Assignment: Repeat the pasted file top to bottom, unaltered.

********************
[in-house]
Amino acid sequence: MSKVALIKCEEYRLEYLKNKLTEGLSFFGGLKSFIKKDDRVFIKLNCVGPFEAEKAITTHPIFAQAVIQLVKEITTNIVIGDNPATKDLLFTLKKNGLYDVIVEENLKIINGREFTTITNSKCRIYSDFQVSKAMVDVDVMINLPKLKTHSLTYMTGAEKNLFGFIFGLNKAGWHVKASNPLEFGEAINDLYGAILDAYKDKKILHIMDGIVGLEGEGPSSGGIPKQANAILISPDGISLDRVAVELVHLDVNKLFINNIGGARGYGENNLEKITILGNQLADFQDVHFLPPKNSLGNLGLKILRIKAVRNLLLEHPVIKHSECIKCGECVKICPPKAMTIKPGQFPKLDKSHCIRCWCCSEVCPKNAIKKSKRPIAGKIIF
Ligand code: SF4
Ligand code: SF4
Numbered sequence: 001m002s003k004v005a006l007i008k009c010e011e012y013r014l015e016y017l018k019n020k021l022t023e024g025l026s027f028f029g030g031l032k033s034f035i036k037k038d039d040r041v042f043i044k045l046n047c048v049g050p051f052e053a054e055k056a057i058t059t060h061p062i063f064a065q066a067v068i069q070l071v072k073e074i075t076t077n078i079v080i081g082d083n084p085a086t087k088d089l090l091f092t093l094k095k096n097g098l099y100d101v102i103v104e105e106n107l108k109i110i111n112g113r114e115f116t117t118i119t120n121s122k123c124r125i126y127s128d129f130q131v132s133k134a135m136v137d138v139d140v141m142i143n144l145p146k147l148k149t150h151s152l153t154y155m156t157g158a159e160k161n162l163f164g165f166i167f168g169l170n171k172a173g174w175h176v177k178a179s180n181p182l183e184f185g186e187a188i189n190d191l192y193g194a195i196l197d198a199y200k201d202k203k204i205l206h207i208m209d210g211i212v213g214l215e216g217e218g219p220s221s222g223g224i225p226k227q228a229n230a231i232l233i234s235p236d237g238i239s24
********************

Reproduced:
[in-house]
Amino acid sequence: MSKVALIKCEEYRLEYLKNKLTEGLSFFGGLKSFIKKDDRVFIKLNCVGPFEAEKAITTHPIFAQAVIQLVKEITTNIVIGDNPATKDLLFTLKKNGLYDVIVEENLKIINGREFTTITNSKCRIYSDFQVSKAMVDVDVMINLPKLKTHSLTYMTGAEKNLFGFIFGLNKAGWHVKASNPLEFGEAINDLYGAILDAYKDKKILHIMDGIVGLEGEGPSSGGIPKQANAILISPDGISLDRVAVELVHLDVNKLFINNIGGARGYGENNLEKITILGNQLADFQDVHFLPPKNSLGNLGLKILRIKAVRNLLLEHPVIKHSECIKCGECVKICPPKAMTIKPGQFPKLDKSHCIRCWCCSEVCPKNAIKKSKRPIAGKIIF
Ligand code: SF4
Ligand code: SF4
Numbered sequence: 001m002s003k004v005a006l007i008k009c010e011e012y013r014l015e016y017l018k019n020k021l022t023e024g025l026s027f028f029g030g031l032k033s034f035i036k037k038d039d040r041v042f043i044k045l046n047c048v049g050p051f052e053a054e055k056a057i058t059t060h061p062i063f064a065q066a067v068i069q070l071v072k073e074i075t076t077n078i079v080i081g082d083n084p085a086t087k088d089l090l091f092t093l094k095k096n097g098l099y100d101v102i103v104e105e106n107l108k109i110i111n112g113r114e115f116t117t118i119t120n121s122k123c124r125i126y127s128d129f130q131v132s133k134a135m136v137d138v139d140v141m142i143n144l145p146k147l148k149t150h151s152l153t154y155m156t157g158a159e160k161n162l163f164g165f166i167f168g169l170n171k172a173g174w175h176v177k178a179s180n181p182l183e184f185g186e187a188i189n190d191l192y193g194a195i196l197d198a199y200k201d202k203k204i205l206h207i208m209d210g211i212v213g214l215e216g217e218g219p220s221s222g223g224i225p226k227q228a229n230a231i232l233i234s235p236d237g238i239s24